The advantages of lower level exercise were first noted in older people. A study was done comparing two groups of men averaging seventy years of age. Half ran around a high school track every day at a speed that got their hearts up to 65 percent of maximum. The other half went around the track with their hearts going at about 80 percent of maximum. Both groups were tested periodically to see if they were getting fitter. Were their lungs getting better and their hearts stronger? Were the fatburning enzymes in their muscles increasing? Surprisingly, the researchers found that the men who exercised at 65 percent showed more improvement than the men who exercised at 80 percent. The reason is that at age seventy, your body doesn’t repair itself as fast as it did when you were twenty. When the men who exercised at 80 percent rested, their bodies said, “Do you want us to grow enzymes or repair tissue? We can’t do both.” They needed to rest more or to exercise at a lower level.
Wow, an Old Folks’ Zone. Well, I’m not 70, I’m only 67, and my optimal training pace appears to hover between 75% and 80%. Speaking for myself, I’d rather run at 80%, and rest more, instead of running every day at 65%, which I find is a boring, deadly slog.
How do I know the 75% to 80% range is the “best” pace? Once again, because my heart “tells” me so. At my age, these “optimal” runs must be carefully spaced, and it’s unlikely that I’ll be doing a Lydiard-style weekly 10, 15, and 22 anytime soon.
I think it’s uncanny, how often the “80%” figure pops up in training lore. Is it the ceiling on most people’s aerobic metabolism? I don’t know. Elite marathoners are able to run aerobically at a much higher percentage of MHR.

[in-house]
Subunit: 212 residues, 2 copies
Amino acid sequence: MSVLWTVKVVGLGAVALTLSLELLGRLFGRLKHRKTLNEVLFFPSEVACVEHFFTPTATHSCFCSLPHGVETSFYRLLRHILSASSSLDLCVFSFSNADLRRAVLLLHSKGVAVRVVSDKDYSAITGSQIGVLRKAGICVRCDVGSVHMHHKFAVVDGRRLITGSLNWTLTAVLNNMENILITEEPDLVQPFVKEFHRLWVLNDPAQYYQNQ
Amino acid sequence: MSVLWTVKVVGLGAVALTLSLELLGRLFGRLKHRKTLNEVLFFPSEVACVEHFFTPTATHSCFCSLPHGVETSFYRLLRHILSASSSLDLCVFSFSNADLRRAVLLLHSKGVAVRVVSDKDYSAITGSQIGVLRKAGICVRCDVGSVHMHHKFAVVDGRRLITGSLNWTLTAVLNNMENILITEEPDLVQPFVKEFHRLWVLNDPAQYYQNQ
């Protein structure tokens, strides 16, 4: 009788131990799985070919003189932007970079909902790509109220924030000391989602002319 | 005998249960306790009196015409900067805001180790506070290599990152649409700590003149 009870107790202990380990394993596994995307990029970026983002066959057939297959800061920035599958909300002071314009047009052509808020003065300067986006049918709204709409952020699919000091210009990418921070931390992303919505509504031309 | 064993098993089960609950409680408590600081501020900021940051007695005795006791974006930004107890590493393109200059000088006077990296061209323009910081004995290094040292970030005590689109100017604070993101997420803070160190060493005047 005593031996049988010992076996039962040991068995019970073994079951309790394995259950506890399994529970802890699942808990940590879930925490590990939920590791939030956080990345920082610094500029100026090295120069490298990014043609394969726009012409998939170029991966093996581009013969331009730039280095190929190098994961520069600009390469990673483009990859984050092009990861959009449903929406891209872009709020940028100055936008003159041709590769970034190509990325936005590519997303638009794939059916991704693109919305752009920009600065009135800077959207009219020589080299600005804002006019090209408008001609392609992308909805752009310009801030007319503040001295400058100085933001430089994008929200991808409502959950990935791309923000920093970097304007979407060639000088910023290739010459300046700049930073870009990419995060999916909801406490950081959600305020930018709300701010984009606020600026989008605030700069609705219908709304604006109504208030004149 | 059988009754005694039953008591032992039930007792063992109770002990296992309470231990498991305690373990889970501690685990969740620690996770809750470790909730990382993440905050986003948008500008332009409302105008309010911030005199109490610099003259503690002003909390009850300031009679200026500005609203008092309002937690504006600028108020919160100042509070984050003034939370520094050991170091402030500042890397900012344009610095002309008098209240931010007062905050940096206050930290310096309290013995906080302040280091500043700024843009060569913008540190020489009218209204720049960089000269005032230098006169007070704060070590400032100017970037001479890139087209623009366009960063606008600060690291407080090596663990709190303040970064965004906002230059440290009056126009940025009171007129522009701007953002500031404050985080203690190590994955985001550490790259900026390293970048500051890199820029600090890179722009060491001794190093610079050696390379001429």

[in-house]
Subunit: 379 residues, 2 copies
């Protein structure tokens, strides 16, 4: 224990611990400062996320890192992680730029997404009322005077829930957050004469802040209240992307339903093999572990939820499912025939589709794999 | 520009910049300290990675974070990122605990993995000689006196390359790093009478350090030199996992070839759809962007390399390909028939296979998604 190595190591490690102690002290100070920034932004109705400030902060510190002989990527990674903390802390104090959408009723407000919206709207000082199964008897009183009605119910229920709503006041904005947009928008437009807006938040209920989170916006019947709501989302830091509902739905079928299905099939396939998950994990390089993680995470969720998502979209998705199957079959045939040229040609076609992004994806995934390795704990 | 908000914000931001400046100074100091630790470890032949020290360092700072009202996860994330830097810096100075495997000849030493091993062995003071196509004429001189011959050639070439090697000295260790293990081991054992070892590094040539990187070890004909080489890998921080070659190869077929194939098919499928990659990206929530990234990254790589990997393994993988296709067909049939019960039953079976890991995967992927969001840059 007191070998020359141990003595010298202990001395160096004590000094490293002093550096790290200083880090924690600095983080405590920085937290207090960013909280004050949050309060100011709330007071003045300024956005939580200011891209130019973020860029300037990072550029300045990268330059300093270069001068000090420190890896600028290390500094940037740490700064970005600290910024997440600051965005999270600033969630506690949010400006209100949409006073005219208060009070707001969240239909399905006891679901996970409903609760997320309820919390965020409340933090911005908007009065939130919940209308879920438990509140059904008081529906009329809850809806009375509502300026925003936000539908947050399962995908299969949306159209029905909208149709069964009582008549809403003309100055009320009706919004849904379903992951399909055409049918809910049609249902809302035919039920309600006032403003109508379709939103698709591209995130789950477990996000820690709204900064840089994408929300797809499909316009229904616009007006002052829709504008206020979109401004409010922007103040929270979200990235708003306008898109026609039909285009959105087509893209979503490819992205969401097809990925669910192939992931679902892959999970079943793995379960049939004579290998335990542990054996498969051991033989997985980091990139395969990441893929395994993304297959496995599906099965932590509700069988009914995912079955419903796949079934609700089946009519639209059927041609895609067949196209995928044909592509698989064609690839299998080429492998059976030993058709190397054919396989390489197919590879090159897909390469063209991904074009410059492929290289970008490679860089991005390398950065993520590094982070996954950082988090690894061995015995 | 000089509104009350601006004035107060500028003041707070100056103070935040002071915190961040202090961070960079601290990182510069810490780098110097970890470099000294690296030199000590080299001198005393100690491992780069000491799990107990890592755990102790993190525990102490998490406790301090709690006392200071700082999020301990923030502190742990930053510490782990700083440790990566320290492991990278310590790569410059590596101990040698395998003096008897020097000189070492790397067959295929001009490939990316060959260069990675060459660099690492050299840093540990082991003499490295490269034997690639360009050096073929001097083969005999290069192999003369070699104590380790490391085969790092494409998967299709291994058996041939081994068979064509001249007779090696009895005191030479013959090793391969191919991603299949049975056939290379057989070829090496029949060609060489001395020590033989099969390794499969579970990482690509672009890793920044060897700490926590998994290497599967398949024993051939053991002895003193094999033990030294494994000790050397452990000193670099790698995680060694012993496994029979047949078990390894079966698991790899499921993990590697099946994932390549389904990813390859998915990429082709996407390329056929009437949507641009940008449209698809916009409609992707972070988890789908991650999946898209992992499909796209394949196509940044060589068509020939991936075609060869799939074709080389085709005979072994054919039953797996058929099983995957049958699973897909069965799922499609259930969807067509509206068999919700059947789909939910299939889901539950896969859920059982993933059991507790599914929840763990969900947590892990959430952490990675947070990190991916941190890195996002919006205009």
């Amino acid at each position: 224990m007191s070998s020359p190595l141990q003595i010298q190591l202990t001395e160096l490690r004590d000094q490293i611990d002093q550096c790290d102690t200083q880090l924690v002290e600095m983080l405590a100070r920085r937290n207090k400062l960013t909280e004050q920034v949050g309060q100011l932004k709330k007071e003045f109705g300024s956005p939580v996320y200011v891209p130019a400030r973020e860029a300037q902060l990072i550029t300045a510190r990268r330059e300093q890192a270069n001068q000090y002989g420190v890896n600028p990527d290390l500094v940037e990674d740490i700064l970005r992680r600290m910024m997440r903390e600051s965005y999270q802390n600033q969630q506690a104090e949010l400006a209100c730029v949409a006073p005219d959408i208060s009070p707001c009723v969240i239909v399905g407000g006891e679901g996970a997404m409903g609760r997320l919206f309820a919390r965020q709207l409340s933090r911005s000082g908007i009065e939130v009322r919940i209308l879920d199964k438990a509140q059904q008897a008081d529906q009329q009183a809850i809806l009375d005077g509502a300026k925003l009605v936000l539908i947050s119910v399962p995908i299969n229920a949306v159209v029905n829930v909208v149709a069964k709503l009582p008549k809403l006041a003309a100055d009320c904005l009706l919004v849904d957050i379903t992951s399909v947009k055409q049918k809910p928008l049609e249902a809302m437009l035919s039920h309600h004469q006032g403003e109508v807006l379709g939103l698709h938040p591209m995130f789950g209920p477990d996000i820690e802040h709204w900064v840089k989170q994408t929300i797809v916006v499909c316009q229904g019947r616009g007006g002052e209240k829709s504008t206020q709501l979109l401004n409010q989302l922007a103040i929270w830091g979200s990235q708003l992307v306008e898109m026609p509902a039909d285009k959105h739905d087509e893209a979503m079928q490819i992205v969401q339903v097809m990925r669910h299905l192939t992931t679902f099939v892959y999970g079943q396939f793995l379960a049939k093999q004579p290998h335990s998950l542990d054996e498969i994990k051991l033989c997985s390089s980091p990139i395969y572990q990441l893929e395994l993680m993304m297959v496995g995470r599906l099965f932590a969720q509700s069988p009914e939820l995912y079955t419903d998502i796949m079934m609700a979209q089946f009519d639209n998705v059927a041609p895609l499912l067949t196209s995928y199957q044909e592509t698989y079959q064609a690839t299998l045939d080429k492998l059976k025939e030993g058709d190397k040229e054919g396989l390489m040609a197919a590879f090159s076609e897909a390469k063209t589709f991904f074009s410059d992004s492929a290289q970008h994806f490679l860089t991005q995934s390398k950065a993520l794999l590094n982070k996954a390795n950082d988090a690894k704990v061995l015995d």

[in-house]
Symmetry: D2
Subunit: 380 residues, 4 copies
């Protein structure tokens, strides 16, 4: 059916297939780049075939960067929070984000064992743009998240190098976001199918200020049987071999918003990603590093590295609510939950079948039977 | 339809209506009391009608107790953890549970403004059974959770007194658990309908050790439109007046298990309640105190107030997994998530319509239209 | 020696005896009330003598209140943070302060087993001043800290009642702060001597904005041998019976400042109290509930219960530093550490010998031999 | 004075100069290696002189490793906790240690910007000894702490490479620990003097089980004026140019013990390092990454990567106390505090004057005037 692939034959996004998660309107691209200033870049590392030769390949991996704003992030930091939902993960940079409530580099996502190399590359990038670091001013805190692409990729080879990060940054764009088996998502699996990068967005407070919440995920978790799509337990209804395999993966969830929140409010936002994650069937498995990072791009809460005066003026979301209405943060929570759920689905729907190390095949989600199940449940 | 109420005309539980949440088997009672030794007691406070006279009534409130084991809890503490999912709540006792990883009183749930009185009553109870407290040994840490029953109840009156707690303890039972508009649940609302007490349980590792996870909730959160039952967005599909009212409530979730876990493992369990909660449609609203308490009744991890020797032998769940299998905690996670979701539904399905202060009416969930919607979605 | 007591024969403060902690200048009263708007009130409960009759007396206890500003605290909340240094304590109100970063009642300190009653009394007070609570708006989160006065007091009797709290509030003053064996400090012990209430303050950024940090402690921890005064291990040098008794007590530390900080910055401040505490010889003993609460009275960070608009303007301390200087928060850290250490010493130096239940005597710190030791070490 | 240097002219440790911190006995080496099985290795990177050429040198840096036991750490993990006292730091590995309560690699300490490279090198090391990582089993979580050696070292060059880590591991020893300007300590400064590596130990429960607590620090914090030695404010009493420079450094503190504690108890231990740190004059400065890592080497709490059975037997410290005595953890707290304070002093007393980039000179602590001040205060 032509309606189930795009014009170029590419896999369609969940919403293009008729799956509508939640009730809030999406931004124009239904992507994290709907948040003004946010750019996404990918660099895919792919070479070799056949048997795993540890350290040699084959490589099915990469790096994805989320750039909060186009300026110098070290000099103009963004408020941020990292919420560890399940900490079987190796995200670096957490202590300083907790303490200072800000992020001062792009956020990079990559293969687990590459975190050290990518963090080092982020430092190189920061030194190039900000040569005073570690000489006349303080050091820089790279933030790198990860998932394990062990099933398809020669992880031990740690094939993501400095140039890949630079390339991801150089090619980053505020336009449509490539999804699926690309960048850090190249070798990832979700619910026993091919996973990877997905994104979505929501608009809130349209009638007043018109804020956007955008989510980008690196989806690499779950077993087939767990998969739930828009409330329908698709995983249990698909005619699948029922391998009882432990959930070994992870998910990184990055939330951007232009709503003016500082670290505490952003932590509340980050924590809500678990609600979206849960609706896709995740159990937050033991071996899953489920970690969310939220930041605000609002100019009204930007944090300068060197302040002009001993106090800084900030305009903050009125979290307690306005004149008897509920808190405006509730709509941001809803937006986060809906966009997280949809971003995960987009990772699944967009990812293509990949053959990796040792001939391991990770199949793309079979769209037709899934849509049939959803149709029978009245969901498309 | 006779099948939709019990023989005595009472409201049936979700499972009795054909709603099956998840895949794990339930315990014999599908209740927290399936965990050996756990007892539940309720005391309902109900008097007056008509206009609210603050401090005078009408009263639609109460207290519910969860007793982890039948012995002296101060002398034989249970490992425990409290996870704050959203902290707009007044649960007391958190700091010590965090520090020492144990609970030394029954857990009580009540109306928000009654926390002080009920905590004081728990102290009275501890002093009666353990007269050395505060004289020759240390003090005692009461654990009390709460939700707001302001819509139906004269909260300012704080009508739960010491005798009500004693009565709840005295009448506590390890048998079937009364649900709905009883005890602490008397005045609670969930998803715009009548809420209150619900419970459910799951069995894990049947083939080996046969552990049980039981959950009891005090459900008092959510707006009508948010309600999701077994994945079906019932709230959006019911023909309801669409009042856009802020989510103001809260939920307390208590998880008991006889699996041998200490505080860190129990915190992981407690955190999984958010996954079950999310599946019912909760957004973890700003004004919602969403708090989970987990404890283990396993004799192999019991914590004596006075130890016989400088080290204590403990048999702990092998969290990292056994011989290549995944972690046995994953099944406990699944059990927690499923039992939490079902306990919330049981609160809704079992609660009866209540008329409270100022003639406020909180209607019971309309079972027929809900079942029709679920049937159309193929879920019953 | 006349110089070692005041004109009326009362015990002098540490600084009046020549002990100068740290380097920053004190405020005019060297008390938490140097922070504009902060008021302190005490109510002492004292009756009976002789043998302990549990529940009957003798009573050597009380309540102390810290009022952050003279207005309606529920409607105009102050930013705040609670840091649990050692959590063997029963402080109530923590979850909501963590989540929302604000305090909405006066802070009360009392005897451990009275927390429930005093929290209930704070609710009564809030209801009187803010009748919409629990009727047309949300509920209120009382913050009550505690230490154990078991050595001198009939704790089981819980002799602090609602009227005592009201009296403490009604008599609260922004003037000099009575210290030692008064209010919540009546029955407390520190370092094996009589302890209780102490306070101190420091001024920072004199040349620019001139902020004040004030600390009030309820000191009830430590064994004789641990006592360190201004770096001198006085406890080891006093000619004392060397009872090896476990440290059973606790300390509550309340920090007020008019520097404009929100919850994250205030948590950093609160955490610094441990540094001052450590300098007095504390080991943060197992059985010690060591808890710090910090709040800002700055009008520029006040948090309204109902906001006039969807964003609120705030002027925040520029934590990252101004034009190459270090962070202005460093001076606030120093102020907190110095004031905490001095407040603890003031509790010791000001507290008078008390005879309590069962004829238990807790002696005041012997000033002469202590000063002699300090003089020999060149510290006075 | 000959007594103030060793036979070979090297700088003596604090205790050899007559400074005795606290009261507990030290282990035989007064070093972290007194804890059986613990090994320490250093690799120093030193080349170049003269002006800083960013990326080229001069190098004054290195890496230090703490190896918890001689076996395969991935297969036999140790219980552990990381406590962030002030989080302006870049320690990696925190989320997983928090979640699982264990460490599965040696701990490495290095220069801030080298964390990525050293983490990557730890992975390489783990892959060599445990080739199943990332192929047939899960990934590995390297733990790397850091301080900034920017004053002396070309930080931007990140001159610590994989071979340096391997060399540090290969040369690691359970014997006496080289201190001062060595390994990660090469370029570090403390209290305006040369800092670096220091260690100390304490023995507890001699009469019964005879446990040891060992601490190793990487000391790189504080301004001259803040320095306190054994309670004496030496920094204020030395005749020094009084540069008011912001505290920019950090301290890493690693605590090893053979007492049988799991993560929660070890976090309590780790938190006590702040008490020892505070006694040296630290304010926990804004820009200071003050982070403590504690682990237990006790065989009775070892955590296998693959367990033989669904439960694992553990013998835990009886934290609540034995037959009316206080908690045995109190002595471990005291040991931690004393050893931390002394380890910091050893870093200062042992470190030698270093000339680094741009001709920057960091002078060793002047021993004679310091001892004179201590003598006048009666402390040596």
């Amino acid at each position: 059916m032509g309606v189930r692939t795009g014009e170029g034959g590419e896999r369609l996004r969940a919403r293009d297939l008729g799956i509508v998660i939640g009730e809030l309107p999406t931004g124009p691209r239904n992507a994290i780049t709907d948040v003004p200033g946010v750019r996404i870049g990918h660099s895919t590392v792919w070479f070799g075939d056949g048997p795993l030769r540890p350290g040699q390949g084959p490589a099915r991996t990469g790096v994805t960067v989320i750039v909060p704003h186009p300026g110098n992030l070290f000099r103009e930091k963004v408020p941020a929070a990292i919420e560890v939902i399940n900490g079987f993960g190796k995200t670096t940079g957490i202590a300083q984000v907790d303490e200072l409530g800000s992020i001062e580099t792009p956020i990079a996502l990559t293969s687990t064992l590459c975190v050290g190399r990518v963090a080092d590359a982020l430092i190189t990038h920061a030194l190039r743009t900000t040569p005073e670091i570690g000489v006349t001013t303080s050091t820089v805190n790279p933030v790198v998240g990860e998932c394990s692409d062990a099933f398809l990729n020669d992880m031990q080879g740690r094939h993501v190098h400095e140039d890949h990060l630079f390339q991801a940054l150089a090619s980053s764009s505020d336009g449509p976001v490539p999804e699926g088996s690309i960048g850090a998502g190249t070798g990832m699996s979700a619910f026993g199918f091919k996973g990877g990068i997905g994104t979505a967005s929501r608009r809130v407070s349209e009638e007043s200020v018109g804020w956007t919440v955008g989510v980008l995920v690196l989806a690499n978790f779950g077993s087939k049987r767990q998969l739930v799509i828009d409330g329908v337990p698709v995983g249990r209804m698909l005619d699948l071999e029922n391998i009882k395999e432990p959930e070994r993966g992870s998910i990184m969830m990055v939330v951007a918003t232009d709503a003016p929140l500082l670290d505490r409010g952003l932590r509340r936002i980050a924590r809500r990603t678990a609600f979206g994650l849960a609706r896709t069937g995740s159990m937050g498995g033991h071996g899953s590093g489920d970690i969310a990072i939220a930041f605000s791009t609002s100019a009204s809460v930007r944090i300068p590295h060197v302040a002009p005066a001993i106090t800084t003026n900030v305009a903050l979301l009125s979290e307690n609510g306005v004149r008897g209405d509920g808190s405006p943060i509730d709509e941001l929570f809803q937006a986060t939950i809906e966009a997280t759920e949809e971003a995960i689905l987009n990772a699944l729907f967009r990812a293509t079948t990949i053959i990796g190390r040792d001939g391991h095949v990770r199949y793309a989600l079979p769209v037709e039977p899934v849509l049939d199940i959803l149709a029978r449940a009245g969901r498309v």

The 80% figure occurs in John L. Parker, Jr.’s book, mentioned above. His “70% Karvonen” aerobic training formula works out, for me, to around 78%. In practice, I find that if I’m fit and rested, that pace feels exactly right for most runs.
To calculate 70% MHR by the Karvonen formula, subtract your resting heart rate from your maximum heart rate, multiply the resulting figure by 0.7, then add your resting heart rate. For example, my max and resting heart rates are 175 and 50, so my aerobic ceiling is 175-50 = 125 X .7 = 87.5 + 50 = 137.5, or about 78.6% of my max heart rate, as a simple percentage of MHR.
Being a typical running maniac, I chose to train as close as possible to Parker’s maximum recommended “recovery pace” of 137 beats per minute, or about 78-79% of my MHR. After all, this is well under Pfitzinger’s 85% ceiling. As a 60-year-old, I was training just three days a week and hiking or weight training on three other days — so surely I’d be safe doing “moderate” aerobic running. Alas, the result of this logical, scientifically documented, slyly clever approach was that I stopped improving.
All I can say is: “Thank God for Covert Bailey.” Who is Covert Bailey? He’s yet another exercise physiologist. (They breed like rabbits.) In his books and lectures, Bailey speaks mainly to “ordinary” people, and he does a fine job of describing – and ridiculing – “serious” runners’ manic compulsion to overtrain. Best of all, he suggests common-sense ways to avoid the overtraining syndrome.